A doctor staunchly against the Covid vaccine has succumbed to the virus after testing positive.
Dr Stephen Karanja died on April 29 after being admitted to hospital in Kenya's capital Nairobi when he started suffering symptoms.
Dr Karanja, the lead of the Kenya Catholic Doctors Association, had been criticised before his death for "misguiding" Kenyans not to take the coronavirus vaccine.
In a letter to citizens shared to Twitter, Dr Karanja acknowledged Covid-19 brought with it unprecedented new challenges for the health industry but urged people to rethink the vaccine.
"It's also becoming clear that there are partisan interests that seem bent on keeping some important truths from coming to the fore at the expense of human life," he wrote in the letter dated March 3, a day after more than a million AstraZeneca vaccines arrived in Kenya.
"We know for a fact that there are drugs that have been re-purposed and used effectively to treat Covid-19. We also know that vaccination for this disease is totally unnecessary making the motivation suspect."
Dr Karanja added in the letter the Covid vaccine "should not be given".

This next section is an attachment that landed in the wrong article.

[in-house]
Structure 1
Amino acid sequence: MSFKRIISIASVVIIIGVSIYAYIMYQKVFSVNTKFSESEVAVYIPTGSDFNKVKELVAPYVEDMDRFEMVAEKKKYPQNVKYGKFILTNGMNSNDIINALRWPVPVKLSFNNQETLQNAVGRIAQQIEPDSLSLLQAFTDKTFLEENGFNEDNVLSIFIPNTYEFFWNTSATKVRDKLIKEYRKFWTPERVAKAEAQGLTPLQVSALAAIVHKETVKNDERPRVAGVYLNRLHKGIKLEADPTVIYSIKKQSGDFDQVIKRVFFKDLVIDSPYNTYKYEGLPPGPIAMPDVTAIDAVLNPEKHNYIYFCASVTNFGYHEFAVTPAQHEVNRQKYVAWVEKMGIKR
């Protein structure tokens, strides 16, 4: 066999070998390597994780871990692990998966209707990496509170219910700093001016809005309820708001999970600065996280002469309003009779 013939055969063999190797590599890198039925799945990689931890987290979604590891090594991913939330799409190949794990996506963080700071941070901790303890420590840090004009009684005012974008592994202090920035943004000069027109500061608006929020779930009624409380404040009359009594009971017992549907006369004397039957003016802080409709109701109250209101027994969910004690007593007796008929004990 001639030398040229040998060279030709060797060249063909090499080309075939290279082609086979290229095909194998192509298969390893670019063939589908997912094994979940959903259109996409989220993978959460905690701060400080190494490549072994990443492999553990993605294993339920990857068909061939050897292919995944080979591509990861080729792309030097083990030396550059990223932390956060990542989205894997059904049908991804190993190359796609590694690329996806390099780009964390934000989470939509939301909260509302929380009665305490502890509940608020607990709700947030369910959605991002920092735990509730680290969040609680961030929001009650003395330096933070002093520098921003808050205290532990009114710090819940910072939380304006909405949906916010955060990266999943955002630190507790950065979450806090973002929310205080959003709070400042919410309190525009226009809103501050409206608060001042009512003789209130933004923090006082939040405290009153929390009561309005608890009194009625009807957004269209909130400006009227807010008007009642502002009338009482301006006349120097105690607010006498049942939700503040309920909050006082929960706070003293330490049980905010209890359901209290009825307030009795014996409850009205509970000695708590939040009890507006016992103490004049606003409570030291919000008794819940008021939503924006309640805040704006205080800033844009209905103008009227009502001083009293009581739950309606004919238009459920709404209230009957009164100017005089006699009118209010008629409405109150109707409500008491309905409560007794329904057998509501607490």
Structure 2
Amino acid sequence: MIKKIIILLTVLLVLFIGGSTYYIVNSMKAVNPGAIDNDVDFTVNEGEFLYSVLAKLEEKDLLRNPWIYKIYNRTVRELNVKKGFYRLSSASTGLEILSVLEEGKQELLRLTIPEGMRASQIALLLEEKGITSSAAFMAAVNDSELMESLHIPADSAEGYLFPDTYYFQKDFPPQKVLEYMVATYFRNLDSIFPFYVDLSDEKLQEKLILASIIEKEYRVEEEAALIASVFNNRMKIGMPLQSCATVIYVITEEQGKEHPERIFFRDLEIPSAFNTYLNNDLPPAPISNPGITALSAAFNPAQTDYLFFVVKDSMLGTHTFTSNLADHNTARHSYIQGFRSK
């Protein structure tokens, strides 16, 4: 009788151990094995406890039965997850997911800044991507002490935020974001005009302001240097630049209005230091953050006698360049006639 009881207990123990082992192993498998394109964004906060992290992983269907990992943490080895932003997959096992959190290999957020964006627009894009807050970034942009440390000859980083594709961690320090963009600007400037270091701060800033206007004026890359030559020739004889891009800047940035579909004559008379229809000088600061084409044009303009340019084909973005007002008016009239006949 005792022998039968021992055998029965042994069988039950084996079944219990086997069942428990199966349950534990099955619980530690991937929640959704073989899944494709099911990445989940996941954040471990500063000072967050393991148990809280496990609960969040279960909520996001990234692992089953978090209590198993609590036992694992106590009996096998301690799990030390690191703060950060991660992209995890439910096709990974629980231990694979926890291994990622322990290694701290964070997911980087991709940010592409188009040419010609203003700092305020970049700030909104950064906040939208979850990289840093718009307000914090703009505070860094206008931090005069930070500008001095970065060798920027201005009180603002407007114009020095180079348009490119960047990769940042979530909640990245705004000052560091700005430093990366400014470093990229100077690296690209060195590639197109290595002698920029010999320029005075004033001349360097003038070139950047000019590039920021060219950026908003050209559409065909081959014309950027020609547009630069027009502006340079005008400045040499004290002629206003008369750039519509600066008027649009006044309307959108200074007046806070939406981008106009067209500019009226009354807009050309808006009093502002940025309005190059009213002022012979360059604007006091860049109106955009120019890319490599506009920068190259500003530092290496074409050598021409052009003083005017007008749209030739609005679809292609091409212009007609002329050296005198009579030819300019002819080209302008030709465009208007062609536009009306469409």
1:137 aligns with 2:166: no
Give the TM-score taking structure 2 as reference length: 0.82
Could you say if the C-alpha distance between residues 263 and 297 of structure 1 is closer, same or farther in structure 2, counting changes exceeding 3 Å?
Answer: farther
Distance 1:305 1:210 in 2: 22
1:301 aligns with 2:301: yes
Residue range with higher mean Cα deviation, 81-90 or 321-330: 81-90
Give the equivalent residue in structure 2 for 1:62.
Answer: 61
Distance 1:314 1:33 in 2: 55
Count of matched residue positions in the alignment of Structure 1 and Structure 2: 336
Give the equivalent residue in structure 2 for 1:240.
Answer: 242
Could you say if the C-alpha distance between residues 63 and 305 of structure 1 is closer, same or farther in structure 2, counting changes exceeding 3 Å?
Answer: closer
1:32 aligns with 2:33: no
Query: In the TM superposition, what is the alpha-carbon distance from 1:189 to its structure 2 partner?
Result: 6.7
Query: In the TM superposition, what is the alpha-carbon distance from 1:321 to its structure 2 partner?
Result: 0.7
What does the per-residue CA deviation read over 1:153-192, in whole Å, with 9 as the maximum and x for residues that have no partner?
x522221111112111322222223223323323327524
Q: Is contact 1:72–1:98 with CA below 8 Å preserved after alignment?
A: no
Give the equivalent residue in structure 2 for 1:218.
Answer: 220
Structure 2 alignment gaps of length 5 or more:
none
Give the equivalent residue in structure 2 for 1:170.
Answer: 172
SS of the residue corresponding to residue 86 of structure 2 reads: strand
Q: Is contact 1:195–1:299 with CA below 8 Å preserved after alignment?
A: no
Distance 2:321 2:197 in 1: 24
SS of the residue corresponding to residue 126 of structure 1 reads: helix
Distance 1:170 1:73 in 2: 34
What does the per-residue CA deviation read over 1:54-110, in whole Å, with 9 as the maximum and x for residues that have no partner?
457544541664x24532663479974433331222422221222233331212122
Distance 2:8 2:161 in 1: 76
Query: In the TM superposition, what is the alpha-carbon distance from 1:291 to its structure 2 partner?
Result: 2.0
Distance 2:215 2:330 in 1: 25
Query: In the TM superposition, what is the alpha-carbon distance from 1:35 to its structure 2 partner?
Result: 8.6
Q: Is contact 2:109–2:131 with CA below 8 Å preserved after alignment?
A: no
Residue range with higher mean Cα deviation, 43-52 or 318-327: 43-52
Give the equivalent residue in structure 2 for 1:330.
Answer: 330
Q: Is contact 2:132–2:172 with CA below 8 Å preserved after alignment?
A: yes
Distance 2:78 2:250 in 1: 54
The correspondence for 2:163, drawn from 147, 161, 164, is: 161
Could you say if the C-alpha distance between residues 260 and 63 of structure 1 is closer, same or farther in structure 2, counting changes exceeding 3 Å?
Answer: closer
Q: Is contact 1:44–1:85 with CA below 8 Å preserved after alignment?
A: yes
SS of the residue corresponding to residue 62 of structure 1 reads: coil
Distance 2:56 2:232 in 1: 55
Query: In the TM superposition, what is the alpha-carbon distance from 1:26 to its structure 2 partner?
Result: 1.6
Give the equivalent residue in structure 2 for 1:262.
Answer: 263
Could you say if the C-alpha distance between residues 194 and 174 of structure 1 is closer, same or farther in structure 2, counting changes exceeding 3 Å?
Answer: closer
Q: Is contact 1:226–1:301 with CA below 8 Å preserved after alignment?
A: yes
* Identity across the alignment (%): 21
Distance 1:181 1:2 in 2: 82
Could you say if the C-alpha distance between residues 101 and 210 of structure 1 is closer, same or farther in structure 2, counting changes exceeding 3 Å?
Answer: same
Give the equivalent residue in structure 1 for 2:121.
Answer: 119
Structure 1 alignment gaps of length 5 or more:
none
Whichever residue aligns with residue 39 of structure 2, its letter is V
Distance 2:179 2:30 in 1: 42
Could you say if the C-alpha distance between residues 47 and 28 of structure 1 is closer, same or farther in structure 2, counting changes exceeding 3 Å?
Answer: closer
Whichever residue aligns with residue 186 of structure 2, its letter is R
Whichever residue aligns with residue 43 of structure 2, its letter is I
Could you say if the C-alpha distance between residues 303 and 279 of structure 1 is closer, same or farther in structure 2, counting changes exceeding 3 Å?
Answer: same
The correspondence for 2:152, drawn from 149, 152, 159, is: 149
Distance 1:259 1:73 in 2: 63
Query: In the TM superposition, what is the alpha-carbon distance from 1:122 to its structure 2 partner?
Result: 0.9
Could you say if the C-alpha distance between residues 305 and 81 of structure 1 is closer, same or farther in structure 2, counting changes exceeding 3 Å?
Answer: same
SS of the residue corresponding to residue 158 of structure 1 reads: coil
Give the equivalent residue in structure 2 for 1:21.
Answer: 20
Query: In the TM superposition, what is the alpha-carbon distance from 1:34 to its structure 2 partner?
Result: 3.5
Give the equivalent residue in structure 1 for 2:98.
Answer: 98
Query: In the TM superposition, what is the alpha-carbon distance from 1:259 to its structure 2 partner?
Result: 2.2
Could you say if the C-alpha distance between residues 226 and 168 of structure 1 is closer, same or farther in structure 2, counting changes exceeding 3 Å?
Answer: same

"We appeal to all people of Kenya to avoid taking this vaccine," he said.
The doctor instead advised Kenyans to visit a hospital at the onset of symptoms for early intervention to prevent mortality.
He endorsed treatments like hydroxychloroquine, which is used to treat malaria, and Ivermectin, which is used to treat parasite infestations.
In March, videos of Dr Karanja spruiking the treatments were posted to Facebook.
"Covid-19 can be treated. The following drugs are the ones that may be used because they are available, they are cheap, and they can be found in Africa, in Kenya, and in other countries at any time," he said in one of the videos.
"The backbone is a medicine called Ivermectin, normally used for worms, but it is very important in the treatment of Covid-19.
"The other medicine is hydroxychloroquine, so-called HCQ. When used together with zinc 50 milligrams, it weaponises the zinc, which destroys the Covid-19 virus."
AFP Fact Check reports the Catholic Bishops in Kenya distanced themselves from Dr Karanja's views and supported the vaccines.
It added none of Dr Karanja's alternative treatments had been scientifically proven to beat Covid and a WHO spokesman for the Africa regional office told AFP the claim was "not based on scientific evidence".
Dr Karanja was known was his controversial views, speaking out against the HPV cervical cancer vaccine for schoolgirls in 2019 and an anti-abortion campaigner.
According to Johns Hopkins University, Kenya has recorded about 159,000 cases since the start of the pandemic and 2,700 deaths.
There have been about 853,000 vaccine doses so far administered in the country.
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